All fathers will find their child’s notions often well expressed, and very interesting. The conversations are overwhelmed by specificity, mindful carelessness and genuine curiosity. These moments will come unannounced, for a brief flash of time. All you know that you are in it. Now. These questions are many and trivial. I would have ignored them because it never made sense to me. Yet, for these little ones it is a matter of great awe. I’m also amazed at the observation skills, and after listening to the questions, I would wonder why didn’t I think of it before or Hmm, this is also possible. The common element across all such questions is honesty of ignorance and determination to know the why.
When Dhriti was 5 years old, in her school, she was taught about professions. Her school, Shree Ram stressed on values and included many from real life. I didn’t know about this till Priya pointed out an observation. It was a honest answer and noble purpose.
Dhriti, what do you want to become when you are older?
I want to become a farmer.
So that I can grow trees and make oxygen.
Dhriti is 8 years this year and has still maintained her ambition of becoming a farmer, though this time she also said that she wants to become a Rockstar at night.
There are only two professions, a man is either a hunter or a farmer. Yuval Noah Hariri’s book, Sapiens: A Brief History of Humankind, marks the agricultural revolution, which started in about 10,000 b.c. as one of the milestones in our evolution. Increasing number converted from foraging (hunting and gathering) to farming. Harari writes, “Before this, they (humans) were insignificant animals with no more impact on the environment that gorillas, fireflies, or jellyfish.” Now we had more time to think and plan because now food such as grains could be stored. Therefore, everyday hunting for survival was not required. Humans became more interested in studying all the patterns responsible in detail to become better such as, knowledge about soil, seasons and water, so that output could be similar or better. We became more settled, protecting the land and our produce. However, according to Harari, the agricultural revolution did more damage, “A faustian bargain between humans and grains” in which our species “cast off its intimate symbiosis with nature and sprinted towards greed and alienation”. It was a bad bargain: “the agricultural revolution was history’s biggest fraud”. A bit sensational, but it would do. I could finish Sapiens in 10 days, because it was very entertaining and well expressed.
Not just Dhriti’s answers, but also Yuval Noah Harari, poses fundamental questions about happiness for us as a race. Were we happier being farmers or as hunter gatherers chasing the game and feeling accomplished for the day? Or it is our quest to seek beyond the unknown, such as fathom death. Some of these questions will encourage you to think more about us and our future.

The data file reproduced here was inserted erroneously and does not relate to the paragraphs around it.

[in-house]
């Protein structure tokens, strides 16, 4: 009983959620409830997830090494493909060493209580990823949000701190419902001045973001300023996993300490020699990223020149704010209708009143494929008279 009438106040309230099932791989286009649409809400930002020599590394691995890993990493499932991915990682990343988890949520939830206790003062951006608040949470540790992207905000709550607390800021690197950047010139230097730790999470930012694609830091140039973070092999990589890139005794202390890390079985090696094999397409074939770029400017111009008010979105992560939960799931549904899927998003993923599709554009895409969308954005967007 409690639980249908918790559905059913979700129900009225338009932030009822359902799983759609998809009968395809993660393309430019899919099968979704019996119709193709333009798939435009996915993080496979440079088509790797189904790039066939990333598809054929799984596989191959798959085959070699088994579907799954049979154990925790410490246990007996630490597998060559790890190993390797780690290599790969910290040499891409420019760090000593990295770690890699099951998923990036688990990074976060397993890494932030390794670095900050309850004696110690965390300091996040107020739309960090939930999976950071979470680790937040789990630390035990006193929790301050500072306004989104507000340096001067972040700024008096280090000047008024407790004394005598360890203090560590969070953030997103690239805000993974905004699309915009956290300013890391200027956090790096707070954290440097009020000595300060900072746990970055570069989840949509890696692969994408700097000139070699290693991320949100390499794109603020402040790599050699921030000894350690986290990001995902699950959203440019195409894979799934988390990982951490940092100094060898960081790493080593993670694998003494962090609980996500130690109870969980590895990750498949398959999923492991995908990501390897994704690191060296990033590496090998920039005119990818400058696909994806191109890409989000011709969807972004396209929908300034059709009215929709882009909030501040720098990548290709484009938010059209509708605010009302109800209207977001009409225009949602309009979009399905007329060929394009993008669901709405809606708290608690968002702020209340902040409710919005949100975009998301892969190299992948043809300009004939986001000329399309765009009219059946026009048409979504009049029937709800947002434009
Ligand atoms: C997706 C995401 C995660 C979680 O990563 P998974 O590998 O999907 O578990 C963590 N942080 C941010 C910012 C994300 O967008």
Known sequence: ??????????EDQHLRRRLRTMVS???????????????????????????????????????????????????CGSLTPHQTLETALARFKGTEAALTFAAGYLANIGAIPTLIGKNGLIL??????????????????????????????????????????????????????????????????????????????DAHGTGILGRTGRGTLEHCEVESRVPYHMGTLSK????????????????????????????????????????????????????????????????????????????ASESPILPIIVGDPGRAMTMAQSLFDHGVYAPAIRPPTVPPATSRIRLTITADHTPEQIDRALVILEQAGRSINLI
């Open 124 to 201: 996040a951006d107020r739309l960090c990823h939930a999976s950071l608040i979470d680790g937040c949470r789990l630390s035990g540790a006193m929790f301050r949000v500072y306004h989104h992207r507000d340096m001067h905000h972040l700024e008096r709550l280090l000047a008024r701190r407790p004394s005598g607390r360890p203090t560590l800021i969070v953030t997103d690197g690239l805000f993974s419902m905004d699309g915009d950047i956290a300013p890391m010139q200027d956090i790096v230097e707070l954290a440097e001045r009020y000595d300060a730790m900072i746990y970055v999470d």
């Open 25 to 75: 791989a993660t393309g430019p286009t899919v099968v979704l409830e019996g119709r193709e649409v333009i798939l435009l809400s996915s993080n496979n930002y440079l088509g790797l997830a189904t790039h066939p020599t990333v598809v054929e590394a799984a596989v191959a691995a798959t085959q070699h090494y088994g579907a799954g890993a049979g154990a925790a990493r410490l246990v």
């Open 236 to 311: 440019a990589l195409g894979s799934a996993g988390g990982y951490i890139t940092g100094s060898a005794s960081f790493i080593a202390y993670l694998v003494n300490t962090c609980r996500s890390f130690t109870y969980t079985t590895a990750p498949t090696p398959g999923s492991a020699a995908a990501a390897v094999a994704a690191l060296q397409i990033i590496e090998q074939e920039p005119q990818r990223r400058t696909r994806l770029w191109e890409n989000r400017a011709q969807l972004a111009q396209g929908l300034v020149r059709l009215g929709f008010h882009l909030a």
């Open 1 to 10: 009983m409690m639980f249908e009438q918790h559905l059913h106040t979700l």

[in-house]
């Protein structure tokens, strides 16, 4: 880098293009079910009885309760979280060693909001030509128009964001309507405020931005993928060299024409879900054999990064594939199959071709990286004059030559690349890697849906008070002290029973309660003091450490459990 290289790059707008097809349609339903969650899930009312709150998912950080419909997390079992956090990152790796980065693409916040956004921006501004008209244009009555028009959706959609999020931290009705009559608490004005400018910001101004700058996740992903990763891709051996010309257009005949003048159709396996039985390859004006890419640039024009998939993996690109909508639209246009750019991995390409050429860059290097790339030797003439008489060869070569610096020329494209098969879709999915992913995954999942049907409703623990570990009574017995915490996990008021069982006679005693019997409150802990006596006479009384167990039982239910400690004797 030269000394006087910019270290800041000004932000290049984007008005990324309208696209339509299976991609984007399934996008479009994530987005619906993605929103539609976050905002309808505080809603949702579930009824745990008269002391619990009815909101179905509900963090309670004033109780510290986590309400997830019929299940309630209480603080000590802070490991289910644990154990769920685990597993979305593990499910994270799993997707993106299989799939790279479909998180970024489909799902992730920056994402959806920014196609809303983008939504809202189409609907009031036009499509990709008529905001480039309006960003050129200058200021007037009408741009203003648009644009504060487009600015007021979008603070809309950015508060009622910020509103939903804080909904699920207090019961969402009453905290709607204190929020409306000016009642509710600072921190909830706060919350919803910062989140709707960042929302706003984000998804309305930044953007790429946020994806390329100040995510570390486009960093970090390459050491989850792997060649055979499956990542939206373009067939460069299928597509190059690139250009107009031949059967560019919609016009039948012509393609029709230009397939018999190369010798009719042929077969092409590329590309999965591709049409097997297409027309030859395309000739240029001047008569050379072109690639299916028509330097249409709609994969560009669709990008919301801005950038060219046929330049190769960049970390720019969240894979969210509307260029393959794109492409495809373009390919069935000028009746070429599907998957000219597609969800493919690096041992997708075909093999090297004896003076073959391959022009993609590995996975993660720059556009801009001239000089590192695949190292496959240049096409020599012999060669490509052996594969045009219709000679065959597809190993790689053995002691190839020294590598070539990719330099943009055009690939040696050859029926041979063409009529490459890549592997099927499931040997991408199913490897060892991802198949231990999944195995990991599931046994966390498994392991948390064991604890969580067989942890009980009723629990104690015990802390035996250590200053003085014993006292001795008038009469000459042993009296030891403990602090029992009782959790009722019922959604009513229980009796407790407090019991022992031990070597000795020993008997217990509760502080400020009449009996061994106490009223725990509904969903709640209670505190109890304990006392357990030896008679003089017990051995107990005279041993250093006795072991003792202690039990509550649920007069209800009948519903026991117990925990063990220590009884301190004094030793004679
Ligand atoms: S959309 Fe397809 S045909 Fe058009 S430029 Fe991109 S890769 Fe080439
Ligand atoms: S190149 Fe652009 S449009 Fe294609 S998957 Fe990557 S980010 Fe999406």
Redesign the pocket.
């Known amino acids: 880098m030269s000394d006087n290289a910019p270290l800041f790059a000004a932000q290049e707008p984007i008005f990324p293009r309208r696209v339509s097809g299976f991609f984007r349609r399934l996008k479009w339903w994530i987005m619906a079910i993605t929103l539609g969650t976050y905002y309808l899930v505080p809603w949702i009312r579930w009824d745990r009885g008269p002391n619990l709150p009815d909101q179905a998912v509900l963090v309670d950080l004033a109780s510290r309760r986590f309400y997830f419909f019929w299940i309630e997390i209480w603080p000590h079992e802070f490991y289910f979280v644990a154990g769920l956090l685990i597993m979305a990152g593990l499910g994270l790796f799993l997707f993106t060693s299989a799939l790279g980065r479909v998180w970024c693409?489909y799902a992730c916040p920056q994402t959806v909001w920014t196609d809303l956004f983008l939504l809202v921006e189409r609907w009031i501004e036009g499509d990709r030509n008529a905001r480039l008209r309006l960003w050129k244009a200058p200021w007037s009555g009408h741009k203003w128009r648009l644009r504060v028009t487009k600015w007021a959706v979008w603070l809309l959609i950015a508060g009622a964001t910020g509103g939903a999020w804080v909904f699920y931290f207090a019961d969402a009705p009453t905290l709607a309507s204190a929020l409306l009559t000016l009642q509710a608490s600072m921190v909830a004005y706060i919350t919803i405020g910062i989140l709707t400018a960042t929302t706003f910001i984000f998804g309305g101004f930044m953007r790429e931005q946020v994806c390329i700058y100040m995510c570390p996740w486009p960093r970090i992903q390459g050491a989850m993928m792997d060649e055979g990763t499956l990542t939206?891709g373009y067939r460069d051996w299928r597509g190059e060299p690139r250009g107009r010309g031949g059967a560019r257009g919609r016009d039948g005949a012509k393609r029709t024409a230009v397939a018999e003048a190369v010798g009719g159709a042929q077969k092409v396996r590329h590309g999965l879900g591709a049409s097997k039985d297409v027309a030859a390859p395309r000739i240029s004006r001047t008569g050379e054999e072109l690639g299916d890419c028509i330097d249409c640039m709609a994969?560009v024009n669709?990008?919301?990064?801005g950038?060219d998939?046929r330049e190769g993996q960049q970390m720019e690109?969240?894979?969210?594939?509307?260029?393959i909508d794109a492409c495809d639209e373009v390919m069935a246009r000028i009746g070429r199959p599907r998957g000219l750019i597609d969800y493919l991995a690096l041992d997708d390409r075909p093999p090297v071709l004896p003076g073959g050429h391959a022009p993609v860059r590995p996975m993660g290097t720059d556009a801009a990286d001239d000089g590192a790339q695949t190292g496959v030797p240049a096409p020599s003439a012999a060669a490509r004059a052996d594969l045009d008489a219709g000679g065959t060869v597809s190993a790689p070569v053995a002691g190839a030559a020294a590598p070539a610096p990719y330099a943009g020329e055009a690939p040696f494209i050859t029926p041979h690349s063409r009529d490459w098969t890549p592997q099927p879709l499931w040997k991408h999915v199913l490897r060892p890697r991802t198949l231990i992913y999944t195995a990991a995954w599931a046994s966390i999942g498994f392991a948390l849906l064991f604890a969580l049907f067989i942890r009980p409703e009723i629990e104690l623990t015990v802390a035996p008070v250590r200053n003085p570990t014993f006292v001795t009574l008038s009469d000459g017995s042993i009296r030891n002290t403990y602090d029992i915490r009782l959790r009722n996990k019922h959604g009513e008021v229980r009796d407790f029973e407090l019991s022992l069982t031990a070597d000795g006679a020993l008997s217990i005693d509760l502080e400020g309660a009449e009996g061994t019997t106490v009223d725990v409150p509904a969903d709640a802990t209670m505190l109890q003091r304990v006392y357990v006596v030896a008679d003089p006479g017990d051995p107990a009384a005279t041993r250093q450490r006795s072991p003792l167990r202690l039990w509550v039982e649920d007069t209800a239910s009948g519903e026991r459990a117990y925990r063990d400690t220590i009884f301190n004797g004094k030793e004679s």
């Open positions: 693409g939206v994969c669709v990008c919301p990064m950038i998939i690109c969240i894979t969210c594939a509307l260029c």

While I pondered over these questions about farmers and existential questions on happiness, few events hinted at harsh truth. A boy approached my car, while I was waiting at the red light. He was carrying books, including Sapiens. The boy was not tall, about 3.5 feet in height. Thin structure, determined to sell, sharp eyes. His prominent jawline defined his face. My book of choice “Elon Musk” was wrapped in plastic and would cost only Rs.350. I negotiated and the deal was struck for Rs. 160. “What if pages are missing?” Priya asked him as he delivered the book. Proudly, the boy took the plastic cover off and said very confidently, “I would replace the book if any pages are missing”.
I probably bought the book, not because of the title, but because of the boy and his accent. I was also intrigued to find a small boy selling books, which I’m sure he couldn’t read. The boy looked very young and from my home state in India, Bihar.
Because of the long queue, I was not able to get through the red light and met the boy again. This time he came to check if we found any pages missing. Instead, he had to face Priya’s questions, ranging from where he came from to whether he studied or not.
The boy was not amused with the questions. He came from a village near Patna, the capital of Bihar and had ran away from home. He didn’t like staying in his village because they were poor. He came to Delhi to earn money. He also said that there were many people who offered him opportunity to study, but he has no inclination. He only wants to earn to make a good living.
No matter how much we debate about the sensation aspect of Sapiens, the reality is different. When I look around Gurgaon, place I used to live, I can see only tall building. Farmers are selling land, because their crop doesn’t earn them enough to sustain. Farms could be found in patches, more likely it would be because of short term interest than for actual reasons.
Trading land for cash isn’t a bad bargain. If it helps you survive.
“Mr. Cooper, we need more farmers today than Doctors or Engineers.” (From Interstellar)